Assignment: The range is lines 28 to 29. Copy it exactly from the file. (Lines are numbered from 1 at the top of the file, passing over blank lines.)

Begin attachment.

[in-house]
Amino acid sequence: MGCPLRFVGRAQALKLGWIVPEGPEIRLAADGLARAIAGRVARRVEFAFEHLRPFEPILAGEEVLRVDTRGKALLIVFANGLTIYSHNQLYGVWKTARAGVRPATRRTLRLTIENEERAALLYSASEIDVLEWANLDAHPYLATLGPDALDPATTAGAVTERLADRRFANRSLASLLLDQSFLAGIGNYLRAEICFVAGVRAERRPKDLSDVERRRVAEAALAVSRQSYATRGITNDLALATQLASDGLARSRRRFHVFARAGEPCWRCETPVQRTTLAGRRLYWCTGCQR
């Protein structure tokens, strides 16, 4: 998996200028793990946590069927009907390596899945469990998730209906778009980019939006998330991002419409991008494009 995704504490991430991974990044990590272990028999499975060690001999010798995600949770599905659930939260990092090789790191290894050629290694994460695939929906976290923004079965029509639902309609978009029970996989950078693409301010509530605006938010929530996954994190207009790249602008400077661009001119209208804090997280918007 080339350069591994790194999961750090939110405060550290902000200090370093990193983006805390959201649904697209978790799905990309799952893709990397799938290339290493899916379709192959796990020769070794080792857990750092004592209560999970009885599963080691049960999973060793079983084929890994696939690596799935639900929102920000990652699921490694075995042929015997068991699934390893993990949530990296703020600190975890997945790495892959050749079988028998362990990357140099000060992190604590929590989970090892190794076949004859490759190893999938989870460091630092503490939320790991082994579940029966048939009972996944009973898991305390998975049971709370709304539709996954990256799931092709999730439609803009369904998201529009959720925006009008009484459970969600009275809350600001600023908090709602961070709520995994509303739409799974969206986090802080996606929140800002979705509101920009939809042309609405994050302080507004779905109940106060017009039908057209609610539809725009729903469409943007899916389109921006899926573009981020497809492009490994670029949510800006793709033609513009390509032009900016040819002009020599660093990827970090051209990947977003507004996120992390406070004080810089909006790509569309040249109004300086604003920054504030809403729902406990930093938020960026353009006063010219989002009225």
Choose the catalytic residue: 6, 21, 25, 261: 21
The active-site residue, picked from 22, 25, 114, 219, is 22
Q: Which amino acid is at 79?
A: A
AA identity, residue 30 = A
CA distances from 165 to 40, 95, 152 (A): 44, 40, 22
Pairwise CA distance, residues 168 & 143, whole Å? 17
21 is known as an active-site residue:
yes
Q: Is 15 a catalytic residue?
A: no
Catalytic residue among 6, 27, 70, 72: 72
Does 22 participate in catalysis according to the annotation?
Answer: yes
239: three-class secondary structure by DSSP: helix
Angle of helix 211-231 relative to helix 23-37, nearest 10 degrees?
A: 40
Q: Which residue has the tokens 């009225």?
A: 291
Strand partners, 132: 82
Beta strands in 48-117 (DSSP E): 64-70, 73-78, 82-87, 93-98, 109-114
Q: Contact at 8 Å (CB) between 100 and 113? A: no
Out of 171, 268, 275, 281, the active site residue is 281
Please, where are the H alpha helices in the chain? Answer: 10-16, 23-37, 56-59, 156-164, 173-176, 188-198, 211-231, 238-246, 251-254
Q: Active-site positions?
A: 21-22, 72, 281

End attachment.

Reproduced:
Q: Active-site positions?
A: 21-22, 72, 281